For even more proof, download a free copy of FRC's latest 26-page booklet, The Top 10 Myths about Homosexuality… it is an excellent, well-documented resource… http://downloads.frc.org/EF/EF10F01.pdf

["An analysis of 260 medical records reported in the Annals of Clinical and Laboratory Science found: The clinical diagnoses in decreasing order of frequency include condyloma acuminata, hemorrhoids, nonspecific proctitis, anal fistula, perirectal abscess, anal fissure, amebiasis, benign polyps, viral hepatitis, gonorrhea, syphilis, anorectal trauma and foreign bodies, shigellosis, rectal ulcers, and lymphogranuloma venereum… In evaluating proctologic problems in the gay male, all of the known sexually transmitted diseases should be considered…"

from The Top 10 Myths about Homosexuality

http://downloads.frc.org/EF/EF10F01.pdf

Top 10 Things [Homosexual] Men Should Discuss with their Healthcare Provider: AIDS; Substance Use; Depression/Anxiety; Hepatitis Immunization; STDs (treatable – syphilis, gonorrhea, chlamydia, pubic lice, etc; no cure – HIV, Hepatitis A,B,C, HPV, etc); Prostate, Testicular, Colon Cancer; Alcohol; Tobacco; fitness, eating disorders, obesity; Anal Papilloma – anal & genital warts from HPV
http://www.glma.org/_data/n_0001/resources/live/Top%20Ten%20Gay%20Men.pdf

Top 10 Things Lesbians Should Discuss with their Healthcare Provider: Breast Cancer — "richest concentration of risk factors for breast cancer than [sic] any subset of women in the world"; Depression/Anxiety; Heart Health; Gynecological Cancer; fitness — higher body mass than heterosexual women; Tobacco; Alcohol; Substance Use; Domestic Violence; Osteoporosis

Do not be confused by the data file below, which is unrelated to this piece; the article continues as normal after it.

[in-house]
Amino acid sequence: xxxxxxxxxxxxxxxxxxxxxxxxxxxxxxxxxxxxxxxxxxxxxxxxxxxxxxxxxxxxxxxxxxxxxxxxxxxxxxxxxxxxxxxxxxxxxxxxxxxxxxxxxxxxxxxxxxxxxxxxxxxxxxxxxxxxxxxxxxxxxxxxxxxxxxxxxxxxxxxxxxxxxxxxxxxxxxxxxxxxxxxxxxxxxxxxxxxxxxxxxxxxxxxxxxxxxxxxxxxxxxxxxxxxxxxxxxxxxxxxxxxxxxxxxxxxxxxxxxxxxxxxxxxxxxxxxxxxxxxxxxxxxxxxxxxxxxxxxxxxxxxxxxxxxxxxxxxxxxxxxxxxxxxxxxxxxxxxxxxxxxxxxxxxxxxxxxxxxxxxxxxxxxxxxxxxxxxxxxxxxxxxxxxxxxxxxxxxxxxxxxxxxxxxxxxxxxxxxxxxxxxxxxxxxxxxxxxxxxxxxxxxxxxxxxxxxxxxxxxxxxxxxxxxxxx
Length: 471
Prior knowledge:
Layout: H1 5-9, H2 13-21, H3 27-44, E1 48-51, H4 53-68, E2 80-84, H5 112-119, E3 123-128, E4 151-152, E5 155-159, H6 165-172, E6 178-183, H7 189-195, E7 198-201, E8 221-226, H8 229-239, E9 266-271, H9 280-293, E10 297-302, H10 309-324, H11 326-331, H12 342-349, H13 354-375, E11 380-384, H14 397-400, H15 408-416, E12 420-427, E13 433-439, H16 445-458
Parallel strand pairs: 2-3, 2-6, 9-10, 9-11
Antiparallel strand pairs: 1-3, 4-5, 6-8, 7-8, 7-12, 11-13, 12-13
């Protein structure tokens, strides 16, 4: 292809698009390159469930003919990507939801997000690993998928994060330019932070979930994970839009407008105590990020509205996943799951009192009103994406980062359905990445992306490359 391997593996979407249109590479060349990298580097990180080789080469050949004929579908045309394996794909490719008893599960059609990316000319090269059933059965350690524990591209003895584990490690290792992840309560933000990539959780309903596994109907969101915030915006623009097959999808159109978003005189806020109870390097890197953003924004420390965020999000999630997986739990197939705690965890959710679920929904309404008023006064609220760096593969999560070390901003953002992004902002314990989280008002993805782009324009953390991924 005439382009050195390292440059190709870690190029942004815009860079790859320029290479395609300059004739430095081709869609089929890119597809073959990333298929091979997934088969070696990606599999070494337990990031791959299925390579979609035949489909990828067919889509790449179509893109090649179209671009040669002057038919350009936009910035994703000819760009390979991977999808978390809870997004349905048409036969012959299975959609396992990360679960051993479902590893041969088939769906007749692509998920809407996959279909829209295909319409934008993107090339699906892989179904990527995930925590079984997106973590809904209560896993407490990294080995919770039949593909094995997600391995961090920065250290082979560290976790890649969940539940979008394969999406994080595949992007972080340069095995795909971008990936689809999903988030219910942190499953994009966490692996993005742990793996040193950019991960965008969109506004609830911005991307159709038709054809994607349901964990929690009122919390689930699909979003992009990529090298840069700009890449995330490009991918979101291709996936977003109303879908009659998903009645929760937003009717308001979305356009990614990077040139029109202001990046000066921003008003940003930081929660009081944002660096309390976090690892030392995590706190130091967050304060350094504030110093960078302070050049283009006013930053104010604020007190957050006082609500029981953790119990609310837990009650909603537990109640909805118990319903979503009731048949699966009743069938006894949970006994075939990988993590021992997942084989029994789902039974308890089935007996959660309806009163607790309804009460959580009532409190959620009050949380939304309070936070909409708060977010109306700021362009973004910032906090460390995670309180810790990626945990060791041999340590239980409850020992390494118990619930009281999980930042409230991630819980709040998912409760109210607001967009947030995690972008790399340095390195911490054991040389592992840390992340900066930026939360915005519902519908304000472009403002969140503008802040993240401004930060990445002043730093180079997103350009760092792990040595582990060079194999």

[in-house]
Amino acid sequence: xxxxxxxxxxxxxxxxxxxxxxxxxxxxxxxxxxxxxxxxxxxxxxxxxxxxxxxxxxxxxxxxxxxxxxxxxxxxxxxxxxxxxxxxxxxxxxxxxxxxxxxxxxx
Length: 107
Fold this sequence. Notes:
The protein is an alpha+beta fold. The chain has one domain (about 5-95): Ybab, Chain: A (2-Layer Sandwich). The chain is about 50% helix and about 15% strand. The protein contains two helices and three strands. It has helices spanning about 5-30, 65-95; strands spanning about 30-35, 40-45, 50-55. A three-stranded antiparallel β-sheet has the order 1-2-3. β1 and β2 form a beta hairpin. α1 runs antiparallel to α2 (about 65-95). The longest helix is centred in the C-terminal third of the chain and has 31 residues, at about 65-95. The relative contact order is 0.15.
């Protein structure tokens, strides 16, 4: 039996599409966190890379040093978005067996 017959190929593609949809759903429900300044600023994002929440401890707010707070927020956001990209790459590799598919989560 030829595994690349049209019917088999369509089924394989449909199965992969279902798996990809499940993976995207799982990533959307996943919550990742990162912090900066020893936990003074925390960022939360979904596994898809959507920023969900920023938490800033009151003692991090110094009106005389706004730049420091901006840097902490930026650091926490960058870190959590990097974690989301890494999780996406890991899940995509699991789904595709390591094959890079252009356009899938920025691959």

http://www.glma.org/_data/n_0001/resources/live/Top%20Ten%20Lesbians.pdf

CITATIONS
1 Lawrence Kurdek, "Are Gay and Lesbian Cohabiting Couples Really Different from Heterosexual Married Couples?" Journal of Marriage and Family 66 (November 2004): 893.

2 A. P. Bell and M. S. Weinberg, Homosexualities: A Study of Diversity Among Men and Women (New York: Simon and Schuster, 1978), pp. 308, 309; See also A. P. Bell, M. S. Weinberg, and S. K. Hammersmith, Sexual Preference (Bloomington: Indiana University Press, 1981).

3 Laumann, The Social Organization of Sexuality, 216; McWhirter and Mattison, The Male Couple: How Relationships Develop (1984): 252-253; Wiederman, "Extramarital Sex," 170.

4 Sondra E. Solomon, Esther D. Rothblum, and Kimberly F. Balsam, "Money, Housework, Sex, and Conflict: Same-Sex Couples in Civil Unions, Those Not in Civil Unions, and Heterosexual Married Siblings," Sex Roles 52 (May 2005): 569.

5 Victor M. B. Silenzio, "Top 10 Things Gay Men Should Discuss with their Healthcare Provider" (San Francisco : Gay & Lesbian Medical Association); accessed April 1, 2010; online here. [ http://www.glma.org/_data/n_0001/resources/live/Top%20Ten%20Gay%20Men.pdf ]

6 Katherine A. O'Hanlan, "Top 10 Things Lesbians Should Discuss with their Healthcare Provider" (San Francisco : Gay & Lesbian Medical Association); access

ed April 1, 2010; online here. [ http://www.glma.org/_data/n_0001/resources/live/Top%20Ten%20Lesbians.pdf ]

7 "Extent, Nature, and Consequences of Intimate Partner Violence," U.S. Department of Justice: Office of Justice Programs (July, 2000): 30.

8 Kurt Freund, Robin Watson, and Douglas Rienzo, "Heterosexuality, Homosexuality, and Erotic Age Preference," The Journal of Sex Research 26, No. 1 (February, 1989): 107.

9 W. D. Erickson, "Behavior Patterns of Child Molesters," Archives of Sexual Behavior 17 (1988): 83.

10 James E. Phelan, Neil Whitehead, Philip M. Sut??ton, "What Research Shows: NARTH's Response to the APA Claims on Homosexuality," Journal of Human Sexuality Vol. 1, p. 93 (National Association for Research and Therapy of Homosexuality, 2009).
[10 August 2010, Family Research Council e-report]